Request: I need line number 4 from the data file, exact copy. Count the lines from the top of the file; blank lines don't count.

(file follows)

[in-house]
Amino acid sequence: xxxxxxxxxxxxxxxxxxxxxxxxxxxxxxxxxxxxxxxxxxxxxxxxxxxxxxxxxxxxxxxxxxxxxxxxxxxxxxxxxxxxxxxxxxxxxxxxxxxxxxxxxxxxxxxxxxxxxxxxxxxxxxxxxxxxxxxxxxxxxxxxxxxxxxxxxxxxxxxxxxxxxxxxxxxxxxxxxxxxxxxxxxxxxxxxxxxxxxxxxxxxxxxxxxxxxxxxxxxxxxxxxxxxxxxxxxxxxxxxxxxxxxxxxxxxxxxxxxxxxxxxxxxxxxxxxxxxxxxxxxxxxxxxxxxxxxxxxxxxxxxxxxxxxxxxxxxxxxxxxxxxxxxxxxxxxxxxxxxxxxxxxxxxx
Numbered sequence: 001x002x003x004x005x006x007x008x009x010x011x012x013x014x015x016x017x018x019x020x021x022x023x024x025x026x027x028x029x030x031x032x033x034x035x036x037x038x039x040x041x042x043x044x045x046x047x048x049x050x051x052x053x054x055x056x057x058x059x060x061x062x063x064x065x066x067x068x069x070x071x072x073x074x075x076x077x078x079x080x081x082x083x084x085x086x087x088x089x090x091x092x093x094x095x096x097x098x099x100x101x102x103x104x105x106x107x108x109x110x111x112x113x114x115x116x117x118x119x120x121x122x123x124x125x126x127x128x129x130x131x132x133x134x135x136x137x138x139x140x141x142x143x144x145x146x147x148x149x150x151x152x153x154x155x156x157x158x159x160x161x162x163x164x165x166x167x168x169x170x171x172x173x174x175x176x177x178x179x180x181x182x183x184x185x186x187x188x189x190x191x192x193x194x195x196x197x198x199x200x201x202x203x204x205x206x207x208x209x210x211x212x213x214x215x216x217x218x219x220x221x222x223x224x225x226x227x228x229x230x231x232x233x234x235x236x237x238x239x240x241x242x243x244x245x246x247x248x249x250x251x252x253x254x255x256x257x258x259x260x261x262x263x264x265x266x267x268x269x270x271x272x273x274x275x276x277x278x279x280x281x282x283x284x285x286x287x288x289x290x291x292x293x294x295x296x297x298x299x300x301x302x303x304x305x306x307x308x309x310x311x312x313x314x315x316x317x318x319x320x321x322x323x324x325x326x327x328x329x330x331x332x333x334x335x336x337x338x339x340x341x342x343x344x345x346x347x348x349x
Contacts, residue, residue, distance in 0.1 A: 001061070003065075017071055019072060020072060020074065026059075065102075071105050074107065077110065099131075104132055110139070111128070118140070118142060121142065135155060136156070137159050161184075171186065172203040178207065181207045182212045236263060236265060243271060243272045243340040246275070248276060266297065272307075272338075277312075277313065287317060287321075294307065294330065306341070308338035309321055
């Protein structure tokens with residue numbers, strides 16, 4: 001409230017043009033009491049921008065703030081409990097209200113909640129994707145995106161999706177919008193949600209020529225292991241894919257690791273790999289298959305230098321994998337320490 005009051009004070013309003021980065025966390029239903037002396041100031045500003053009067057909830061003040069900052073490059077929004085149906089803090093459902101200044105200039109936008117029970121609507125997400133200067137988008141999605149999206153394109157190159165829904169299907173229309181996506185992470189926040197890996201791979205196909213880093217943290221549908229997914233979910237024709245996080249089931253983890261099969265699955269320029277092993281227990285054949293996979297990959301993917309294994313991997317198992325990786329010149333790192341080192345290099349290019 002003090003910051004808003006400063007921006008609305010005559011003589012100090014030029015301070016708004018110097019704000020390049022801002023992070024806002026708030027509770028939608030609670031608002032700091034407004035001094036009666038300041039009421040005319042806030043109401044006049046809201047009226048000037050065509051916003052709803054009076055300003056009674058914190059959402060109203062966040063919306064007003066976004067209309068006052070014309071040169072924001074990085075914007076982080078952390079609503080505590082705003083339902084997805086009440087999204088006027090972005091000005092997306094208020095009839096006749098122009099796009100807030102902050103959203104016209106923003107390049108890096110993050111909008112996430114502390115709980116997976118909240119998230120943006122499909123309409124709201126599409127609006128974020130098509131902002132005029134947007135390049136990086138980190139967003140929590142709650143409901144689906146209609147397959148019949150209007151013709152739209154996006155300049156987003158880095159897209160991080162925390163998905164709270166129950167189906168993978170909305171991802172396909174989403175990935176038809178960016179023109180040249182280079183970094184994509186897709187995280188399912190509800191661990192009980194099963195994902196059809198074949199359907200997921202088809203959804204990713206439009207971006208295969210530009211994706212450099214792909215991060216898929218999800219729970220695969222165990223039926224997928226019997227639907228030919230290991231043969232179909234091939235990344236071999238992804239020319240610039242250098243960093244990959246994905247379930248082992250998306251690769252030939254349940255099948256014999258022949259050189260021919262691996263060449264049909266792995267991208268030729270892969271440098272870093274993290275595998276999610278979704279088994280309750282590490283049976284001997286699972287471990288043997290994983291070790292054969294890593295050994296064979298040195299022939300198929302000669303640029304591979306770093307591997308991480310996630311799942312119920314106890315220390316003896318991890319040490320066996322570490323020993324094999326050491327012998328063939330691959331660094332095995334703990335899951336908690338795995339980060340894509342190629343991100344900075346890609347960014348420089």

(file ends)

Contacts, residue, residue, distance in 0.1 A: 001061070003065075017071055019072060020072060020074065026059075065102075071105050074107065077110065099131075104132055110139070111128070118140070118142060121142065135155060136156070137159050161184075171186065172203040178207065181207045182212045236263060236265060243271060243272045243340040246275070248276060266297065272307075272338075277312075277313065287317060287321075294307065294330065306341070308338035309321055